History of Hospice Care

I have the privilege of helping Hospice of Charlotte raise funds to support the communities and families who rely on Hospice services to care for their loved ones.   My family has benefited from Hospice care, and I’m glad to do my part to give back.  I thought it was fitting to share background information on Hospice.

The term “hospice” (from the same linguistic root as “hospitality”) can be traced back to medieval times when it referred to a place of shelter and rest for weary or ill travelers on a long journey.  The name was first applied to specialized care for dying patients in 1967 by physician Dame Cicely Saunders, who founded the first modern hospice—St. Christopher’s Hospice—in a residential suburb of London.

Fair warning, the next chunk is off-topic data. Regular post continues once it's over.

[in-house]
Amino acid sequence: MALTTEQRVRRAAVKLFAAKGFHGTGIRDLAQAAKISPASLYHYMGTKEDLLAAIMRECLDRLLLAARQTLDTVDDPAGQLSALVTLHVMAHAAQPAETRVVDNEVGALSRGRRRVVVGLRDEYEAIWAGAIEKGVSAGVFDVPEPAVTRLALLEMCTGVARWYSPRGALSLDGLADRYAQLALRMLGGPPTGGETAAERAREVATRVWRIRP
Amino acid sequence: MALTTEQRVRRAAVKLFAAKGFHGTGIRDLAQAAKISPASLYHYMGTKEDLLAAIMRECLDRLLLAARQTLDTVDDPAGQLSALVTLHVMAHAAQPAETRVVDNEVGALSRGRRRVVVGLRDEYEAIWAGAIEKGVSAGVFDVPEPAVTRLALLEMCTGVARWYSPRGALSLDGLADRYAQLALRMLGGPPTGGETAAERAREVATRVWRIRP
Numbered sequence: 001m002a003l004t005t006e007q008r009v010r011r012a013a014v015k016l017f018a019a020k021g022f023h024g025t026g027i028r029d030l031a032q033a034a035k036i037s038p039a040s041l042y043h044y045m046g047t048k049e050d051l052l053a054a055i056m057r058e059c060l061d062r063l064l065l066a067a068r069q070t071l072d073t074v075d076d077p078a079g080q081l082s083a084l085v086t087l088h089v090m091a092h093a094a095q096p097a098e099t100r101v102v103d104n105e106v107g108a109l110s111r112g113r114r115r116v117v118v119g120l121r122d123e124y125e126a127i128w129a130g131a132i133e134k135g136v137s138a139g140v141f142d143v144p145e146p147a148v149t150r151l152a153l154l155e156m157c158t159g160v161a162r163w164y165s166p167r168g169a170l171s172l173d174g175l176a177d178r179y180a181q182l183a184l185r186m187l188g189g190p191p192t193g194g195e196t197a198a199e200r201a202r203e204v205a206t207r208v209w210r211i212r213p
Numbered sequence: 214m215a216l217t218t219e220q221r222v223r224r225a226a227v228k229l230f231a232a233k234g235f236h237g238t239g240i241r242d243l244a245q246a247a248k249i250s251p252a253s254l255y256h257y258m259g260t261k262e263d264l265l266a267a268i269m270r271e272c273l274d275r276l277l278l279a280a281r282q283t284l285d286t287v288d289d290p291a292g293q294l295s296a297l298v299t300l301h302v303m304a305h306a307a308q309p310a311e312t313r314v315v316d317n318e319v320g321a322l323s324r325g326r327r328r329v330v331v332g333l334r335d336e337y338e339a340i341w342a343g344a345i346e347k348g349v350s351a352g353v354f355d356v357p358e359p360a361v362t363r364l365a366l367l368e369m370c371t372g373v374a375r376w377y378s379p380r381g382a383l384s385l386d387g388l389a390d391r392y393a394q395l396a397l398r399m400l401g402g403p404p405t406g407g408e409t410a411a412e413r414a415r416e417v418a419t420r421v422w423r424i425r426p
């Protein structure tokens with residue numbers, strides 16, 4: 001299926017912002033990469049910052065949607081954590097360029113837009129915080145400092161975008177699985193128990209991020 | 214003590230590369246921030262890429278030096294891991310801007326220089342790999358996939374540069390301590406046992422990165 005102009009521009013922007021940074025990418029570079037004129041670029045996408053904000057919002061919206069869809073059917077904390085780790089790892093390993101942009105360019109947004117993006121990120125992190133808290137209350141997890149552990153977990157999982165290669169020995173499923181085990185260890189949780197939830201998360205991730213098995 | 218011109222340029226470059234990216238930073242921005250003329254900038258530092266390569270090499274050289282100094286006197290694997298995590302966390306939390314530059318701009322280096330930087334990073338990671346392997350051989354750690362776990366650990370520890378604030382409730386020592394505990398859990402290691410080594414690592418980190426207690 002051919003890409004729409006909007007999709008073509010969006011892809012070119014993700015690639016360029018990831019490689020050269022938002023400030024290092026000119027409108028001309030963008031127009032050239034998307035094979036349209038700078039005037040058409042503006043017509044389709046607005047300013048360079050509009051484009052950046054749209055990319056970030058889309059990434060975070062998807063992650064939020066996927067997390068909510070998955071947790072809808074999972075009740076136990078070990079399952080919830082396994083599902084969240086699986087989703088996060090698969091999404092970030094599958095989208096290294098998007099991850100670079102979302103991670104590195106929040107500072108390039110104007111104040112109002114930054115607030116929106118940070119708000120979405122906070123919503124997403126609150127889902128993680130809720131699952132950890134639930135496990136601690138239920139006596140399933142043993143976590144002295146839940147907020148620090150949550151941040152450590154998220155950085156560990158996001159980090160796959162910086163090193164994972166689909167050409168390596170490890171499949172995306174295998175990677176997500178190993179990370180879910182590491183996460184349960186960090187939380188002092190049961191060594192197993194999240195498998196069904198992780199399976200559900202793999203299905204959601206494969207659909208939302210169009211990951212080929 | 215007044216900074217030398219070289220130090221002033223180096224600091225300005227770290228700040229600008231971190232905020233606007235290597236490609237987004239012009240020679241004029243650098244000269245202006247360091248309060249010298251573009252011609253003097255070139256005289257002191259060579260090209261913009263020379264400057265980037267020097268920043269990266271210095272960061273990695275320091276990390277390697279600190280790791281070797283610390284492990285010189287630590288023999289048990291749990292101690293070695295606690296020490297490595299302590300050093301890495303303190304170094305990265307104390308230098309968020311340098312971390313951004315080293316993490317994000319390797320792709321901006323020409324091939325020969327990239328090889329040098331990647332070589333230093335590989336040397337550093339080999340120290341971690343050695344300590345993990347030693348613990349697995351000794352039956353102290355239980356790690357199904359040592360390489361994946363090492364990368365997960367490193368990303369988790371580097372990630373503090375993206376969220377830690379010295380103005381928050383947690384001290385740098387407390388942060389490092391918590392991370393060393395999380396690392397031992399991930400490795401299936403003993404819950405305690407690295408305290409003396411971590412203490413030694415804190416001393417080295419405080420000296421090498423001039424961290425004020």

Saunders introduced the idea of specialized care for the dying to the United States during a 1963 visit with Yale University.  Her lecture, given to medical students, nurses, social workers, and chaplains about the concept of holistic hospice care, included photos of terminally ill cancer patients and their families, showing the dramatic differences before and after the symptom control care.  This lecture launched the following chain of events, which resulted in the development of hospice care as we know it today.

Thank you to all the volunteers who work with Hospice.  I’m especially thankful for my former cheerleading adviser, Janet Ansel.  Janet is a magnificent Hospice volunteer and a continuous ray of sunshine (and cheerleader) to lift the spirits of all her patients.

Janet Bolin


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